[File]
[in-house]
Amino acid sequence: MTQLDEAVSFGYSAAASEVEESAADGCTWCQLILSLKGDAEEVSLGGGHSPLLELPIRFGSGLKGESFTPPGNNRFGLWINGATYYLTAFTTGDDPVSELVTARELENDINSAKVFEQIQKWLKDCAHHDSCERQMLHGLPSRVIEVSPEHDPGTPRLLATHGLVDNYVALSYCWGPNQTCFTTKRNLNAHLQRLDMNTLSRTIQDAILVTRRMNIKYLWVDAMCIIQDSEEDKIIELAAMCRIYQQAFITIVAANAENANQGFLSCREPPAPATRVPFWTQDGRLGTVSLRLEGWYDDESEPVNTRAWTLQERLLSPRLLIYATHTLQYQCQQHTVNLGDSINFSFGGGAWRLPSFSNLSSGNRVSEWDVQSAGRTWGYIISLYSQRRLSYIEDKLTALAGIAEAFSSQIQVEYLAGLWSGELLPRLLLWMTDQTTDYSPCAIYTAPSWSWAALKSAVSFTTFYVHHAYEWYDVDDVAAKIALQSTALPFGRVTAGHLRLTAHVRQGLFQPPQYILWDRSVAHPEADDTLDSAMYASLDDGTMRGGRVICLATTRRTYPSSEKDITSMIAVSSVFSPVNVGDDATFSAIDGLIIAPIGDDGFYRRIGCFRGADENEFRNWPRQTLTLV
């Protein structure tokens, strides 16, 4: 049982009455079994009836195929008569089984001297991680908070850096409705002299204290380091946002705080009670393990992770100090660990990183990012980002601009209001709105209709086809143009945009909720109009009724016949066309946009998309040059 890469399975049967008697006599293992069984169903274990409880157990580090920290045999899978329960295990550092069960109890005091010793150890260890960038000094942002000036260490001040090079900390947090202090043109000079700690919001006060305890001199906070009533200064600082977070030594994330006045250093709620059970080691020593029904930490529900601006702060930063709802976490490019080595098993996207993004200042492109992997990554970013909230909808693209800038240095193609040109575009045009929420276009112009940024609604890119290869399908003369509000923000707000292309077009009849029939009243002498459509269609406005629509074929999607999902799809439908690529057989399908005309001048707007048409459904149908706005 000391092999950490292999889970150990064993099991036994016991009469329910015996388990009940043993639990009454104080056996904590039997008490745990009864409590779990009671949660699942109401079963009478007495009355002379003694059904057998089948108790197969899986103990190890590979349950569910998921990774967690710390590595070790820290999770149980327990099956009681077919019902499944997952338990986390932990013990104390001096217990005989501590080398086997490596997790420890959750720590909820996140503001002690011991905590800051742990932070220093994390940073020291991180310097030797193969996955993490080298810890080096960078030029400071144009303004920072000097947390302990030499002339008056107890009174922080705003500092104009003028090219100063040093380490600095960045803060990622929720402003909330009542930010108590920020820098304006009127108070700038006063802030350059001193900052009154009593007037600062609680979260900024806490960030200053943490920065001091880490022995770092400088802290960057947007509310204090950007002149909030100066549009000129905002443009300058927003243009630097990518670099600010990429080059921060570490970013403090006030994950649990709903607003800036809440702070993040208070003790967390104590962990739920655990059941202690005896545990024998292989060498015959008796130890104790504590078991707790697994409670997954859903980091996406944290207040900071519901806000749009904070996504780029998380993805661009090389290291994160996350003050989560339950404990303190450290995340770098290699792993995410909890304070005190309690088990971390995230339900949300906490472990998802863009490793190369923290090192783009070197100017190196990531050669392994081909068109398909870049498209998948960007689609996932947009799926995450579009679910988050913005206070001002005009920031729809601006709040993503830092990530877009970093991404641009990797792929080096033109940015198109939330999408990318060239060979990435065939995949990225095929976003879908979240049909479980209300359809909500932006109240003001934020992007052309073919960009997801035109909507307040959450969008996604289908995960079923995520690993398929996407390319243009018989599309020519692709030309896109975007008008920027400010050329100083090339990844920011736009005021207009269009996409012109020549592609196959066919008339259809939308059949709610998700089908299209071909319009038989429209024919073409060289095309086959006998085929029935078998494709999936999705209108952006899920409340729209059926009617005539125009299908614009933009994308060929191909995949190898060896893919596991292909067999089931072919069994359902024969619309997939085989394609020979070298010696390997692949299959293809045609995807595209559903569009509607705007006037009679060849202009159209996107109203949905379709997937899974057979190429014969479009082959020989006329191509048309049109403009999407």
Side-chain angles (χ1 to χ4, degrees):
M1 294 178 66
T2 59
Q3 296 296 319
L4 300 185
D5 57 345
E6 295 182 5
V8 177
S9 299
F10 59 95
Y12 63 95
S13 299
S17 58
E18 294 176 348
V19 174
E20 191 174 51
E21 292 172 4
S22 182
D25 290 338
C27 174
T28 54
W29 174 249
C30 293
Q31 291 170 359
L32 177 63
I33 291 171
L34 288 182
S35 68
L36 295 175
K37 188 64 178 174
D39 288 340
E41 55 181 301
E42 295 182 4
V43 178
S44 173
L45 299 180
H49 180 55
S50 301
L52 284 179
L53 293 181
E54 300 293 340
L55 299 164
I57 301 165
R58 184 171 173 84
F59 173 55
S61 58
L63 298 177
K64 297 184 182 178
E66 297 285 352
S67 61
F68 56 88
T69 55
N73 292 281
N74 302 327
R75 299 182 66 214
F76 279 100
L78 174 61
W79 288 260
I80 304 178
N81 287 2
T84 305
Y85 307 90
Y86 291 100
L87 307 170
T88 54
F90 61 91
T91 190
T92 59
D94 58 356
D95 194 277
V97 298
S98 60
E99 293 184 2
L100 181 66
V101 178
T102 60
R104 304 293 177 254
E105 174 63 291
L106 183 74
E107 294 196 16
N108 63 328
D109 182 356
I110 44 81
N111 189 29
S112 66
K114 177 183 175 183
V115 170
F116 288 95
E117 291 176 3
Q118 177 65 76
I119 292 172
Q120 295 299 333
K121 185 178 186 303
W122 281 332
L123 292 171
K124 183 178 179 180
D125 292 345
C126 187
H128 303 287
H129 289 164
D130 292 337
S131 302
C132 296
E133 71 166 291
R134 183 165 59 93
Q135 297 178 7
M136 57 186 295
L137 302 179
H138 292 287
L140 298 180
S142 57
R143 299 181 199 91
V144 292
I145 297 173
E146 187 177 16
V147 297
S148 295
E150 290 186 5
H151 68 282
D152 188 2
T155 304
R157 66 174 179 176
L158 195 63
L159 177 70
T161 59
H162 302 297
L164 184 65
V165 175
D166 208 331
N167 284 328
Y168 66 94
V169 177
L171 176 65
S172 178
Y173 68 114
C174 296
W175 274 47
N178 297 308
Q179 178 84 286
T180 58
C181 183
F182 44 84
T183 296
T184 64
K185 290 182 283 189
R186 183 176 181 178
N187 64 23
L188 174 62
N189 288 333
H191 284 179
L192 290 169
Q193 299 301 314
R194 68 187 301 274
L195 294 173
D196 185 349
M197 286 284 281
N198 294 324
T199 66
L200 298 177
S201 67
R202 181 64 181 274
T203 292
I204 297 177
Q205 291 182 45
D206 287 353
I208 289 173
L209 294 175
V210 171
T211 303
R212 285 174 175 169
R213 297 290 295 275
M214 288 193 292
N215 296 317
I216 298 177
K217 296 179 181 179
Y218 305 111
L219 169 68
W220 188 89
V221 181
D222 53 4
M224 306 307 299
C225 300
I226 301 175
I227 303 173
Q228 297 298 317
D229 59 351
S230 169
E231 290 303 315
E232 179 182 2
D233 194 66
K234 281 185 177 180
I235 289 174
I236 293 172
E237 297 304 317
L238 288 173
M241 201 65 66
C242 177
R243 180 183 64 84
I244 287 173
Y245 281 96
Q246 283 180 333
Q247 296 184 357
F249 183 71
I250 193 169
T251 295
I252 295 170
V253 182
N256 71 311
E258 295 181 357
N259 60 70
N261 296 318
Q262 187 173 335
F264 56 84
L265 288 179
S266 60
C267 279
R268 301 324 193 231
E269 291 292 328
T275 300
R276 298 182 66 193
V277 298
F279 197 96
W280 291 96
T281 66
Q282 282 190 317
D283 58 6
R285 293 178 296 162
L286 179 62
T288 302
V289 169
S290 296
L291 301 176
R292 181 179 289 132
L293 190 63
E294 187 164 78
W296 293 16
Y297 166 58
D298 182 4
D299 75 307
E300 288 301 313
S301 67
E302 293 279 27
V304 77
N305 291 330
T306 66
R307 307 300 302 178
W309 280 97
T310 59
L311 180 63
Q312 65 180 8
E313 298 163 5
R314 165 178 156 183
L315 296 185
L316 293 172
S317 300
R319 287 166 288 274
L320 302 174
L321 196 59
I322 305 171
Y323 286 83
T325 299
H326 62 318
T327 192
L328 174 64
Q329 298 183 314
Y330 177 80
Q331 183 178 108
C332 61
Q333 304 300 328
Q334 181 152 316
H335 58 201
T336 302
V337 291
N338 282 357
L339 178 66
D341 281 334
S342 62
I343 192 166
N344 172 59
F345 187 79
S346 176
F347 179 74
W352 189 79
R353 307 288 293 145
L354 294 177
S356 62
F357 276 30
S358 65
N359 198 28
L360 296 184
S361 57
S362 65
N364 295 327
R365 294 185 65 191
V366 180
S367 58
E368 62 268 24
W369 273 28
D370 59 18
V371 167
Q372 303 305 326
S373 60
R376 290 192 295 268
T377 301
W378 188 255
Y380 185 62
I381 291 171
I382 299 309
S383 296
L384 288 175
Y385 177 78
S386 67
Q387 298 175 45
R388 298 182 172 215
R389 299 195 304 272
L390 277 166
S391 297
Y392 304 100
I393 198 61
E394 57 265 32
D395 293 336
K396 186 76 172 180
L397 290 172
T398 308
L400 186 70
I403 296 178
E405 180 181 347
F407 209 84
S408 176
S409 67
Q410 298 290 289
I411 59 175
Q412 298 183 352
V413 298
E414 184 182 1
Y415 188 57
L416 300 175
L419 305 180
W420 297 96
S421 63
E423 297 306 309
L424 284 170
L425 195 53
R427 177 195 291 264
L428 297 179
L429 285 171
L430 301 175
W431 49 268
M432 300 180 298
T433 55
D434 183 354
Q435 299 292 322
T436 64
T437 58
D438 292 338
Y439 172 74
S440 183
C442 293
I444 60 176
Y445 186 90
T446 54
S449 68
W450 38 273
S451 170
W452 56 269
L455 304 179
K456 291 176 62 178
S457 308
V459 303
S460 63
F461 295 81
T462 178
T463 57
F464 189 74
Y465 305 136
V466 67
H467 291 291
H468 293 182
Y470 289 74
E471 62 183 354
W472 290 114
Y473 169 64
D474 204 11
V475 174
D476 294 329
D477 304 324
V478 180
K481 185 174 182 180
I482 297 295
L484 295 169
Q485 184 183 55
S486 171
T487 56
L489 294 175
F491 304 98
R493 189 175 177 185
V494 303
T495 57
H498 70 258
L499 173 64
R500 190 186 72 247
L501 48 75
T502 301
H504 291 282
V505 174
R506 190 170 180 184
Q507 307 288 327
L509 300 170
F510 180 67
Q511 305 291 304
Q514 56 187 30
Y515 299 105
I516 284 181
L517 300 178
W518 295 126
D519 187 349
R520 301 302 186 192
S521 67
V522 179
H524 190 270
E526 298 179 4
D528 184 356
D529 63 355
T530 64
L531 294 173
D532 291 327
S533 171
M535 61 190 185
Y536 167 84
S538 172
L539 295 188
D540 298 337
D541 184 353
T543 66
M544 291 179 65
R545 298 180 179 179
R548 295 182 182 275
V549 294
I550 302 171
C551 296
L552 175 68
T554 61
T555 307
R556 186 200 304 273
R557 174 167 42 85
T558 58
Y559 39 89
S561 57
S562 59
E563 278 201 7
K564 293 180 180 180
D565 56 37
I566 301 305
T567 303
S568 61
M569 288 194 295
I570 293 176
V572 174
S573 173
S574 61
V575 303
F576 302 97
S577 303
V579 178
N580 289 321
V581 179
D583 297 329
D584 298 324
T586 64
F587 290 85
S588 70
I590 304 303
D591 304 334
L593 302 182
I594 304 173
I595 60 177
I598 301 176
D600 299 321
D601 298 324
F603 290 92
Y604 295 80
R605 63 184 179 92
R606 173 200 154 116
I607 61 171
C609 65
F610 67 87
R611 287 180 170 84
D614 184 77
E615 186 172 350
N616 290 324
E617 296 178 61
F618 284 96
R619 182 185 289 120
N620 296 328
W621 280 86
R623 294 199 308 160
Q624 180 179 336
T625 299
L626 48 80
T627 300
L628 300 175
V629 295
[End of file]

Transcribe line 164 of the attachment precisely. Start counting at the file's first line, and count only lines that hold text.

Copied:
R202 181 64 181 274